3. Drink Nothing But Water

What a colossal waste of calories caloric beverages are. They simply don’t taste that great (especially if we’re talking about soda), and have little to no nutritional value. If you want a treat, at least consume something you can chew! Drinking nothing but water is the very easiest way to lose weight; people can often drop significant poundage and improve their all-around health profile just by making this move. You could tackle this goal while still drinking diet soda and making occasional allowances for alcohol, but you’d be better off cutting out those too in favor of pure H2O.

4. Start a Strength Training Program

No matter if you’re currently sedentary, or do cardio, and nothing but cardio, you could benefit from adding resistance training to your life. Strength training improves your overall health, helps you lose weight, boosts your testosterone, and makes you feel more virile in general. Not sure where to start? Begin with a simple novice linear progression program or sign up for online coaching with a program like Barbell Logic (which is what I personally use and have had major success with).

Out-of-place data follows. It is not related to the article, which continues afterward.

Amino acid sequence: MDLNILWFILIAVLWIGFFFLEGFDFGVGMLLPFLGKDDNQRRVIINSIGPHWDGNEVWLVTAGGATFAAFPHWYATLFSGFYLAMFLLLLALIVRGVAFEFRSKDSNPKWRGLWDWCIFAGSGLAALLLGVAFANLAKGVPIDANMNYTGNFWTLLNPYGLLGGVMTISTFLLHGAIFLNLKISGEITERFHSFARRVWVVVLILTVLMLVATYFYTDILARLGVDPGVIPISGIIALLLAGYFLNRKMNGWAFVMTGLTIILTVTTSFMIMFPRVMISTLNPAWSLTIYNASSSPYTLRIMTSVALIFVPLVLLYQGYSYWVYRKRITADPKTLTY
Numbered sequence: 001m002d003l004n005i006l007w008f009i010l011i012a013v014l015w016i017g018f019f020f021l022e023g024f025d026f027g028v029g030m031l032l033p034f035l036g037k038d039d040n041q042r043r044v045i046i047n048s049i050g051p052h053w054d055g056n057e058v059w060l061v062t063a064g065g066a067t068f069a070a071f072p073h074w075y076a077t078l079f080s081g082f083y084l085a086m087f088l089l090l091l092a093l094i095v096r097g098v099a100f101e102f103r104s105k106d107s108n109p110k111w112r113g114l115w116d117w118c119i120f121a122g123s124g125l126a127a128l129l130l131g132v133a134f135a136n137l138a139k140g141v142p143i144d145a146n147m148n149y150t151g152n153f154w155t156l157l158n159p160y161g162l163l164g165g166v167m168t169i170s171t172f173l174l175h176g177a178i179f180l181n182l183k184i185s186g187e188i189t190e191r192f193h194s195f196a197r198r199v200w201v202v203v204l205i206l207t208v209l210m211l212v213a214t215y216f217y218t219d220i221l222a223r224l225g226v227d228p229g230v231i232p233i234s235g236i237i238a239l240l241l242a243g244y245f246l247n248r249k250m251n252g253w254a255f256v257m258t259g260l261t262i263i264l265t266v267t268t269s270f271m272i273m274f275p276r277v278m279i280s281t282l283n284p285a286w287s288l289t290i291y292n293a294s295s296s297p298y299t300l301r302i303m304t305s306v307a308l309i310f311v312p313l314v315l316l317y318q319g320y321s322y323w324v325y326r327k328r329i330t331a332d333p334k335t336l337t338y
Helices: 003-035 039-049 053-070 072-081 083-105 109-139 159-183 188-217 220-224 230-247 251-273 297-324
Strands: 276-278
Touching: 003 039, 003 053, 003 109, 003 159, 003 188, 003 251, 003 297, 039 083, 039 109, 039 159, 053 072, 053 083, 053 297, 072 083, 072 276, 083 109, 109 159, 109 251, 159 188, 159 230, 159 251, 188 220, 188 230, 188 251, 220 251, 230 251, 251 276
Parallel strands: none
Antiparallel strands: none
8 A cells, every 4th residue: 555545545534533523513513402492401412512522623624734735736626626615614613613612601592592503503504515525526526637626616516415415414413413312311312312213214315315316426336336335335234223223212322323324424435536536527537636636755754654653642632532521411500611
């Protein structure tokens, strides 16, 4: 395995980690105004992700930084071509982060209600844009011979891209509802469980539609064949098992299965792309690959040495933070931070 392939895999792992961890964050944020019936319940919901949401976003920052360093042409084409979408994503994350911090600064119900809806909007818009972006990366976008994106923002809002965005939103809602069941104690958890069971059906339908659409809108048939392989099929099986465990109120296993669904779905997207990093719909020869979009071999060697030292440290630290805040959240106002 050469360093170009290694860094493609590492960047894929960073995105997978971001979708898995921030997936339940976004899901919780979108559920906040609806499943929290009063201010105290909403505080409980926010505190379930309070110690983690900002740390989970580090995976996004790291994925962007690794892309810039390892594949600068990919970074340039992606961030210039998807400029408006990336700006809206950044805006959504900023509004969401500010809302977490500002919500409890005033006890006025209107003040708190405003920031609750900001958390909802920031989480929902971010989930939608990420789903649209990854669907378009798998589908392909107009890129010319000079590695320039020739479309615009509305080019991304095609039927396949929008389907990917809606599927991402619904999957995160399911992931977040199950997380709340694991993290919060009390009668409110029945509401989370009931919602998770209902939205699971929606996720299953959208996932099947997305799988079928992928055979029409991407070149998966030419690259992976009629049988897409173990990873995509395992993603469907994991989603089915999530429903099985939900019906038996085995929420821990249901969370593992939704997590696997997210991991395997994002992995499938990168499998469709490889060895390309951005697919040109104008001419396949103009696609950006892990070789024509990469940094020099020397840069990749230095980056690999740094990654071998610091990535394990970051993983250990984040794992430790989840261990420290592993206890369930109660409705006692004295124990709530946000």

5. Call Your Mom Once a Week

You know she’s dying to hear from you.

6. Give At Least One Compliment Every Day

People want to be noticed and needed; they crave affirmation and recognition almost as keenly as food and water. And you can fill this human need in less time than it takes to make Cup O’ Noodles. Train yourself to be more observant of how others excel in ways big and small, and call out these accomplishments in behavior, performance, talent, style, and character. Don’t forget to regularly compliment your own family too — who we ironically are the most likely to take for granted!